Fan Modine: Up From the Basement

By John Schacht


Photo by Michael Traister

Seven years off the musical radar in the current zeitgeist might as well be Siberian exile. So it says something about Gordon Zacharias’ songwriting that, when he finally resurfaced, he found people like Jefferson Holt urging him to get on with it.

Zacharias, who’s recorded as Fan Modine since his 1998 debut Slow Road to Tiny Empire, met the former R.E.M. manager Holt through a mutual friend. He passed along some rough mixes of what would evolve into Gratitude For the Shipper, a luscious set of orchestral rock that had been gestating since Fan Modine’s critically acclaimed (though considerably sparser) sophomore record, 2004’s Homeland. Holt was as “floored” by the songs as Zacharias was by his reaction, and the former engaged in some totally needless arm-twisting to get him to finish.

“‘We’re going to book studio time, we’re going to do this, do that,’” Zacharias chuckles remembering Holt’s enthusiasm. “Obviously that meant a lot to me, respecting him as much as I do.”

Inspired by the feedback, Zacharias decided at “all costs and great personal risk, (to) jump off the cliff” and devote himself to music full-time. Holt stayed involved in a “meta” capacity over the year-long final stages, but it was co-producer Chris Stamey who had to make sense of a project that Zacharias admits had him “lost” after six years of song-tinkering. Gratitude’s basic tracking had been done right after Homeland’s release, in the Carrboro millhouse Zacharias lived in at the time. But lacking the time or focus to “fully realize the record,” he says, the songs began accumulating endless layers — a xylophone here, a few more guitars and keys there — in his basement studio.

By the time Stamey got them, some songs had stacked up more than 100 tracks. (“It’s really not a good way to do things,” Zacharias sheepishly chuckles.) But he believes Stamey was the only person who could have sifted through it all and mixed the record. He cited the veteran producer’s ability to toss out, say, a particular bass line after hearing just 10 seconds of it.

“Chris is really quick at identifying standout performances,” he says. “But it was a bit of a surprise for him just how many different things there were to draw from.”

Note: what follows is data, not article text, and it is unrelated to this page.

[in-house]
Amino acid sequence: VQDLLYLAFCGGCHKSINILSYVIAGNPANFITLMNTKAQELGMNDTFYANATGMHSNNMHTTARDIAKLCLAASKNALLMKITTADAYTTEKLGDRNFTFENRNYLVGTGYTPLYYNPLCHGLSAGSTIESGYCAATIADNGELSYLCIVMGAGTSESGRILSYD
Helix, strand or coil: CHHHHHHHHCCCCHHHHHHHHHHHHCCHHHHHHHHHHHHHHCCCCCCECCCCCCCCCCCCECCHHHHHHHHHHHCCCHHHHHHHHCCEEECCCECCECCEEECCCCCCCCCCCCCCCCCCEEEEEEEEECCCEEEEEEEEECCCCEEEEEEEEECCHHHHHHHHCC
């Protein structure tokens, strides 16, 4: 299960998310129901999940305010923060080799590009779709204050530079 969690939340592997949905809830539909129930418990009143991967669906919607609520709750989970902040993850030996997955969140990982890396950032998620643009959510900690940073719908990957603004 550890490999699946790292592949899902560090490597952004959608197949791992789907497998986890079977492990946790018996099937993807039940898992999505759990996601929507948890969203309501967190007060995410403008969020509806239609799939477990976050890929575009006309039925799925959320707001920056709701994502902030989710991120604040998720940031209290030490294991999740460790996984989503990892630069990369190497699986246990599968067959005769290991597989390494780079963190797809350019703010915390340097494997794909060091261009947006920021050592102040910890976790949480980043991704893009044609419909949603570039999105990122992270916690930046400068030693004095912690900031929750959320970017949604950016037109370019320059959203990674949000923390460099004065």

The process wasn’t just about subtraction, though. Where Homeland sounded like a cheerier cousin to 69 Love Songs Magnetic Fields, Gratitude was inspired by classic late-60s/early-70s records like John Cale’s Paris 1919 and Procul Harum’s A Salty Dog. Stamey tapped into his connections and soon Gratitude’s buoyant melodies were swaddled in elegant strings — courtesy of several North Carolina Symphony members — and horns just jaunty enough to remind one of their origins in Triangle salsa band Orquesta GarDel.

Zacharias added some key guitar heft to counter-balance Gratitude’s lilting melodies and twee-tilting arrangements, lyrics that were deliberately “open-ended,” and his own voice — a wispy and sometimes theatrical vehicle. Triangle guitarists Ash Bowie (Polvo), Chuck Johnson (Shark Quest, Pykrete), Lee Waters (Work Clothes), Stamey and Mitch Easter all contributed parts. The result is a record that also embraces echoes of Big Star pop, late-era Wilco, and even the blue-eyed soul beats of Style Council.

Zacharias has been so inspired by Gratitude’s stretch drive — and the enthusiasm of his collaborators — that those long gestation periods between records might be a thing of the past.

“I’ve written a full record that I could go in and track tomorrow,” he says while insisting that those lengthy percolations were “the most natural timeframe for the type of records I’ve been making.”

“But I’m ready to try something new.”

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